How to Shop Farmers Markets

The time is ripe to enjoy the abundance of seasonal produce farmers markets have to offer. Here are helpful resources and expert tips to help you make the most of your visit.

  1. Use your local farmers market web site as an educational tool. Many local sites provide lists of seasonal crops and availability, facts about sustainable agriculture, recipes, vendor/farmer information, related articles and more.
  2. Take advantage of a free education. For example, the Ferry Plaza Farmers Market’s operator, Center for Urban Education about Sustainable Agriculture (CUESA), offers sustainable agriculture classes, cooking demonstrations by local chefs and access to nationally renowned chefs and speakers.
  3. Plan a field trip. Ask your favorite farmer if they offer tours or scheduled visits to the farm. Bring your family for a fun day in the country or help your child’s school plan a special field trip.
  4. Share your ideas. “Farmers learn what to grow from their customers. Ten years ago, Cavalo Nero ("Black Kale") was practically unheard of,” say Laura Avery, Manager for the Santa Monica Farmers Markets. “Now it is asked for by name and many farmers grow it.” Laura also encourages shoppers to ask the farmers lots of questions. “They are proud of what they grow and happy to answer your questions.”
  5. Consider what time you go to the market. Serious shoppers usually get the worm by showing up early. Later into the morning is when crowds tend to swell.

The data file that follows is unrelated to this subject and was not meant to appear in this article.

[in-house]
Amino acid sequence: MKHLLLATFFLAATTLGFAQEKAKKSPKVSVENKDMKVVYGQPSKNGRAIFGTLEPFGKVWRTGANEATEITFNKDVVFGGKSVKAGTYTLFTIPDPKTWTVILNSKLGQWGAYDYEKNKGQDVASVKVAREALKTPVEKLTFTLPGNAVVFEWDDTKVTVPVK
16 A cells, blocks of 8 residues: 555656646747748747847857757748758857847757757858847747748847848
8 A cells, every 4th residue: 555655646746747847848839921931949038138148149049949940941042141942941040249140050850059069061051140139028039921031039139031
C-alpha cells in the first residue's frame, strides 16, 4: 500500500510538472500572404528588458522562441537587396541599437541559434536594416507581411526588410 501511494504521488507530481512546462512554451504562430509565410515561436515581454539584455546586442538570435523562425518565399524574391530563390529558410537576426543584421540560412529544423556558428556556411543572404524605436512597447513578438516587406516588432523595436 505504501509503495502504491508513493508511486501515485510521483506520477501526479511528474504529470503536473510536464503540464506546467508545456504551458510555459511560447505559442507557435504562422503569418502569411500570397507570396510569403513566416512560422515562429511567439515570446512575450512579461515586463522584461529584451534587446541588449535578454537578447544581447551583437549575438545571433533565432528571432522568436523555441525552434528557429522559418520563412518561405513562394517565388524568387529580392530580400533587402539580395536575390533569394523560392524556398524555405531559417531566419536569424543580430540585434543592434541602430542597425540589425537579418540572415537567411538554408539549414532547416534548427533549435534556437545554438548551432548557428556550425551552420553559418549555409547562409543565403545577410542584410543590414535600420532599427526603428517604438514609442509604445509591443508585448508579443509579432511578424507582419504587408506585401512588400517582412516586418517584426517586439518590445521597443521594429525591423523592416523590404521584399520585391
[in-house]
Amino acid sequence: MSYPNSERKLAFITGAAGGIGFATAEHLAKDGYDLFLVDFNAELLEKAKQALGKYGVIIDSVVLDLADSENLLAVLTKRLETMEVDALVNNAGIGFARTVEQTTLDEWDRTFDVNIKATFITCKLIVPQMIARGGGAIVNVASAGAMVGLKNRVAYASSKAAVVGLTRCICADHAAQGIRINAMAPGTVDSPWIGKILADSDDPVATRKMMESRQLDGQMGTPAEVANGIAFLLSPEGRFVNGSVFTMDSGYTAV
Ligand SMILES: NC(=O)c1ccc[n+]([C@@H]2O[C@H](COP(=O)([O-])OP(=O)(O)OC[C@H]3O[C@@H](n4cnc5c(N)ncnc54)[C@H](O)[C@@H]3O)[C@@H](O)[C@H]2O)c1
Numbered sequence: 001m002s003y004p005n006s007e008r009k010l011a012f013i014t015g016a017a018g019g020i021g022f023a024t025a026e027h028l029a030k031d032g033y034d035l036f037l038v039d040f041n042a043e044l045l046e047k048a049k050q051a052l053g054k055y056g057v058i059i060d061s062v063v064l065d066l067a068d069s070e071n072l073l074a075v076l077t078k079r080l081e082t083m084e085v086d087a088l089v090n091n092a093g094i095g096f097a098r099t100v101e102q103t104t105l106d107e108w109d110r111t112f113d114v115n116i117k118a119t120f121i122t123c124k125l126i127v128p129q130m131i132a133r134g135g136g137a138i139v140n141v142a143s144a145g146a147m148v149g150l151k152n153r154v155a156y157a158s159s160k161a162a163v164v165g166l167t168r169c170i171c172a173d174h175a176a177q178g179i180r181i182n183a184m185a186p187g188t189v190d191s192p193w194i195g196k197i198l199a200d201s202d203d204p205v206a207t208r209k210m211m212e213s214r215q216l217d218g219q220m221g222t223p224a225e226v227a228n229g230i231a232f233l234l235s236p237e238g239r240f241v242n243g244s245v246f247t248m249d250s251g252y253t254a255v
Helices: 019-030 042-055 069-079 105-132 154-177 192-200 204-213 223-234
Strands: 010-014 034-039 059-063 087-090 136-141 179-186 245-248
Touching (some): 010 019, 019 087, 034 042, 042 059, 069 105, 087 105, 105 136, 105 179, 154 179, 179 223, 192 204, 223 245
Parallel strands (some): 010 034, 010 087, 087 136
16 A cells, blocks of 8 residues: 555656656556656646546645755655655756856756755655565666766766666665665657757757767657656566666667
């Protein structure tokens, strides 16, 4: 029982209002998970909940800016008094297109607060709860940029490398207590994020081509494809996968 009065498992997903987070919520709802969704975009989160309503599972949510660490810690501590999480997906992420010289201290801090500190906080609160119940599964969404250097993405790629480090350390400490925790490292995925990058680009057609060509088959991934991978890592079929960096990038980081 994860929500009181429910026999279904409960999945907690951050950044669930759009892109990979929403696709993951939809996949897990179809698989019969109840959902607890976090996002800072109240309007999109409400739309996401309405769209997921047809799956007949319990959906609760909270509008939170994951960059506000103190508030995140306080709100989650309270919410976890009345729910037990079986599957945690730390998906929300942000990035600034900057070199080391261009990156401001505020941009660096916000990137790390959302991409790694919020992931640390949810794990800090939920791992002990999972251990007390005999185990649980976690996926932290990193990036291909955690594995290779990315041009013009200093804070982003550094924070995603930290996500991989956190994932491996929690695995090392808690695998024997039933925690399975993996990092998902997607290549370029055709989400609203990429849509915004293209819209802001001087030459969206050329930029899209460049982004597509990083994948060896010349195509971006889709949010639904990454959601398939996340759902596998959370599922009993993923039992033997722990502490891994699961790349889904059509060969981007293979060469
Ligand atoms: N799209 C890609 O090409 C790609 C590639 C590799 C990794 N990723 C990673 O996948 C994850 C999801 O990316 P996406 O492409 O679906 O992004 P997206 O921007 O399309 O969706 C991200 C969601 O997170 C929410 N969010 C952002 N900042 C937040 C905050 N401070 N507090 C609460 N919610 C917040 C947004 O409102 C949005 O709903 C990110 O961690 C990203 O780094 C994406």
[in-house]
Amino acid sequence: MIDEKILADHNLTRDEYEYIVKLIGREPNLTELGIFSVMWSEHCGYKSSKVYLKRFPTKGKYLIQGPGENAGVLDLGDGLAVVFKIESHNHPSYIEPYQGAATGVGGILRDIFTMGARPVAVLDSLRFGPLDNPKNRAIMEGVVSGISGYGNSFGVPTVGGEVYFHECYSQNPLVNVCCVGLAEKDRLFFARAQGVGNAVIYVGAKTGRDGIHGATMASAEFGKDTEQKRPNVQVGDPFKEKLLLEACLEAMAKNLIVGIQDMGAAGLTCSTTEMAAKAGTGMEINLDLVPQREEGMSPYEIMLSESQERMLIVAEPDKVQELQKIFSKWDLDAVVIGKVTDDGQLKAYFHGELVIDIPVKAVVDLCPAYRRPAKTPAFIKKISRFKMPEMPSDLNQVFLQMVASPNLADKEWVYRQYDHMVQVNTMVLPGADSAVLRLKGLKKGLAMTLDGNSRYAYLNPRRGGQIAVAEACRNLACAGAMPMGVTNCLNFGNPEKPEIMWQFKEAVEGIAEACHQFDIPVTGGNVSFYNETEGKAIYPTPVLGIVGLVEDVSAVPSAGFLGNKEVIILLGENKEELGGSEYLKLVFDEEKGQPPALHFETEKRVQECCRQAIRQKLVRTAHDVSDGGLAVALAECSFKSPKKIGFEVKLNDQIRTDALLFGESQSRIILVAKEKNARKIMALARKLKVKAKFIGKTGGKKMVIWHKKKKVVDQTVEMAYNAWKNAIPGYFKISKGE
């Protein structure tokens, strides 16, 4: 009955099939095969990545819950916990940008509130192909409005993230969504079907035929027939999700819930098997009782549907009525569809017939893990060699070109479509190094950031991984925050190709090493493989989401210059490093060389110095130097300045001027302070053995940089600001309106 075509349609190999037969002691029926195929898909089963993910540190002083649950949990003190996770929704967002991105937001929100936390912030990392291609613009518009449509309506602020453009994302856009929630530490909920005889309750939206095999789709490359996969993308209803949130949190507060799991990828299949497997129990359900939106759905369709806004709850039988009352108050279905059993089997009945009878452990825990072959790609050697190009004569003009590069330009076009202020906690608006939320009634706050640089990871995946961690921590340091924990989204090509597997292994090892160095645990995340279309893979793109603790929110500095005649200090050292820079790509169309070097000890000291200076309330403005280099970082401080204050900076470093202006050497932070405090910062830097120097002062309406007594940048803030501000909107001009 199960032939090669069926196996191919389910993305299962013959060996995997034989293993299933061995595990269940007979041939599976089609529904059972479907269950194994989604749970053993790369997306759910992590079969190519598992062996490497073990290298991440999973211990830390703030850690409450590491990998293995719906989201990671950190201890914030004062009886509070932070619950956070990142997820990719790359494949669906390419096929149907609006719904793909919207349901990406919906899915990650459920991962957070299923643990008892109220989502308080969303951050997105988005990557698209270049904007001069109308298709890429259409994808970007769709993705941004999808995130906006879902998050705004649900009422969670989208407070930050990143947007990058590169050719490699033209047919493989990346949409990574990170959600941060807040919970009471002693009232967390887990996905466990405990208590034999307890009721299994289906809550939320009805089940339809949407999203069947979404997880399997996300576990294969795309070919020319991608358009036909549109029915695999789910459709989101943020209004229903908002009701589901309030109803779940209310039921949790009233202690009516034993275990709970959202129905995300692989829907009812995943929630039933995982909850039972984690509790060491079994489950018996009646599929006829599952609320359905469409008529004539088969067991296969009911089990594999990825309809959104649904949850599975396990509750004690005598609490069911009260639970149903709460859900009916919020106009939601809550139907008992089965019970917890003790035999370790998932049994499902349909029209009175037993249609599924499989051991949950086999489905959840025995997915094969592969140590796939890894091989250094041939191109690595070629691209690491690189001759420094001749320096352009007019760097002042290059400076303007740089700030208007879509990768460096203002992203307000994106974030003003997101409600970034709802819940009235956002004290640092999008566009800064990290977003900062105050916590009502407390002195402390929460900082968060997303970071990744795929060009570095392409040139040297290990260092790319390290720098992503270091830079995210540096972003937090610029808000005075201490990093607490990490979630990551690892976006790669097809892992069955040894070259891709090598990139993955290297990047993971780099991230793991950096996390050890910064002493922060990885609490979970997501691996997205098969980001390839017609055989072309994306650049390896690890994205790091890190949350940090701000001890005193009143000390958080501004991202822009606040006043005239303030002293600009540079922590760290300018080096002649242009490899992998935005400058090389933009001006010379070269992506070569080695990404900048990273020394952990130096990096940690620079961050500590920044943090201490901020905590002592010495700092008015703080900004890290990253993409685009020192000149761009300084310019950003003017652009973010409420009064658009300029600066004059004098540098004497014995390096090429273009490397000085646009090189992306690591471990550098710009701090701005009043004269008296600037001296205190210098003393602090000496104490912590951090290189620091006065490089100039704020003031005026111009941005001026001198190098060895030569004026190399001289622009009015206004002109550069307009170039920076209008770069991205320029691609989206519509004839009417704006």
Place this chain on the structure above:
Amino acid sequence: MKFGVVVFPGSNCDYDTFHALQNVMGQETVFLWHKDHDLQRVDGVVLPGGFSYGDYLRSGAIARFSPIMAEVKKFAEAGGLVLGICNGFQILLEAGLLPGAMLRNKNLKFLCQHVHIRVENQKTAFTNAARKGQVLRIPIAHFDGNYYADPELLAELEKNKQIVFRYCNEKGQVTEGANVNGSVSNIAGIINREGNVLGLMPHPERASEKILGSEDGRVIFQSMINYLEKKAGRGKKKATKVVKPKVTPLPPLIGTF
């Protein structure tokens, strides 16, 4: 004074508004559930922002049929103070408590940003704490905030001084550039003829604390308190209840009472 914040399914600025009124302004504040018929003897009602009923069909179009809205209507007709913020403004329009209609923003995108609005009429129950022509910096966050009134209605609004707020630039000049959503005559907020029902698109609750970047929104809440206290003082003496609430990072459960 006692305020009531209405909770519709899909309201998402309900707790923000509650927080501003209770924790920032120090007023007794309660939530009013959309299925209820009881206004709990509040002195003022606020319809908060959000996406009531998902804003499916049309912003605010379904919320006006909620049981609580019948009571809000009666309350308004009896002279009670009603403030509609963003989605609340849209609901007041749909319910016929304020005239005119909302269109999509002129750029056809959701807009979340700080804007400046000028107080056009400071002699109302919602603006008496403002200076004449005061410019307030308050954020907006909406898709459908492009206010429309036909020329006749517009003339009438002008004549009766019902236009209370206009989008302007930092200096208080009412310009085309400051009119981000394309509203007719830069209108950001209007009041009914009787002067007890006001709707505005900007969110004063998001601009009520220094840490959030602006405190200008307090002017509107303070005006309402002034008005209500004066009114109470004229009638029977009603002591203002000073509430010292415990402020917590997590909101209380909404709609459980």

6. Don’t expect a vendor to break a $100 bill. Come with small bills and make a farmer happy.
  7. Come prepared. Dane County Farmers Market Manager Larry Johnson encourages shoppers to bring a cooler. “Put it in the back seat or the trunk. That way perishables and frozen items can be safely stored so you can maximize your enjoyment of all of the good activities that surround the market.”
  8. Engage farmers in a conversation about their growing practices. Just because they are not certified organic doesn’t mean they don’t follow organic requirements.
  9. Look on your local market’s web site for recipes that use in-season vegetables. You will shop with a purpose and avoid waste.
  10. The farmers market is a great opportunity to get kids to eat their veggies. Chicago’s Green City Market offers kids a frequent tasting club called Club Sprouts. It’s simple: kids try a new item each week, the market stamps a card, and when the card is full the kids get prizes and a new repertoire of favorite veggies.
  11. Start your weekly trip to the grocery store at the farmers market. Bonus: You may knock a few more items off your list beyond fruits and veggies. Many markets feature local purveyors with prepared foods such as bread, coffee, homemade pastas, sauces, meats and cheeses.
  12. Leave your pets at home. Many markets don’t allow pets, so check the web site before you leave home.
  13. "Buy bulk!" Many farmers give a bulk discount on produce you buy by the pound-full—a great deal for anyone putting up preserves or families of four or more, says Seattle-based cookbook author Amy Pennington. “Don't just buy two pints of raspberries, buy a flat and you'll be rewarded in savings and fruit for the freezer that you'll really appreciate in December."